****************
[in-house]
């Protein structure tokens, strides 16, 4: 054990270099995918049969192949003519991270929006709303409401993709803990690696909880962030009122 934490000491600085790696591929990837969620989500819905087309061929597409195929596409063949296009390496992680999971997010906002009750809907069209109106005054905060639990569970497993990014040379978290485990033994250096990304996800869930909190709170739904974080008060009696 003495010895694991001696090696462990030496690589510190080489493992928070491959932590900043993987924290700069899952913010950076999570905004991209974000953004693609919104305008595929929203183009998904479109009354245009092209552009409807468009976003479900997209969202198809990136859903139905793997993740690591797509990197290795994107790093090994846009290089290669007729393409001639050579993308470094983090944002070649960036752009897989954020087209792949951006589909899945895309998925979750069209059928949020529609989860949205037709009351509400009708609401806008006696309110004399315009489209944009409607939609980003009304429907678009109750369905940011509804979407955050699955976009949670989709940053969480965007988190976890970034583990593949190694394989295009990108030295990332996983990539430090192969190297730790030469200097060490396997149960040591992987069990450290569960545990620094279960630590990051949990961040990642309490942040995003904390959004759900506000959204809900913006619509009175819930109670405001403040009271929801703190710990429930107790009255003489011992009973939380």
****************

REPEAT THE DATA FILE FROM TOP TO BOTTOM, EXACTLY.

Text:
[in-house]
């Protein structure tokens, strides 16, 4: 054990270099995918049969192949003519991270929006709303409401993709803990690696909880962030009122 934490000491600085790696591929990837969620989500819905087309061929597409195929596409063949296009390496992680999971997010906002009750809907069209109106005054905060639990569970497993990014040379978290485990033994250096990304996800869930909190709170739904974080008060009696 003495010895694991001696090696462990030496690589510190080489493992928070491959932590900043993987924290700069899952913010950076999570905004991209974000953004693609919104305008595929929203183009998904479109009354245009092209552009409807468009976003479900997209969202198809990136859903139905793997993740690591797509990197290795994107790093090994846009290089290669007729393409001639050579993308470094983090944002070649960036752009897989954020087209792949951006589909899945895309998925979750069209059928949020529609989860949205037709009351509400009708609401806008006696309110004399315009489209944009409607939609980003009304429907678009109750369905940011509804979407955050699955976009949670989709940053969480965007988190976890970034583990593949190694394989295009990108030295990332996983990539430090192969190297730790030469200097060490396997149960040591992987069990450290569960545990620094279960630590990051949990961040990642309490942040995003904390959004759900506000959204809900913006619509009175819930109670405001403040009271929801703190710990429930107790009255003489011992009973939380």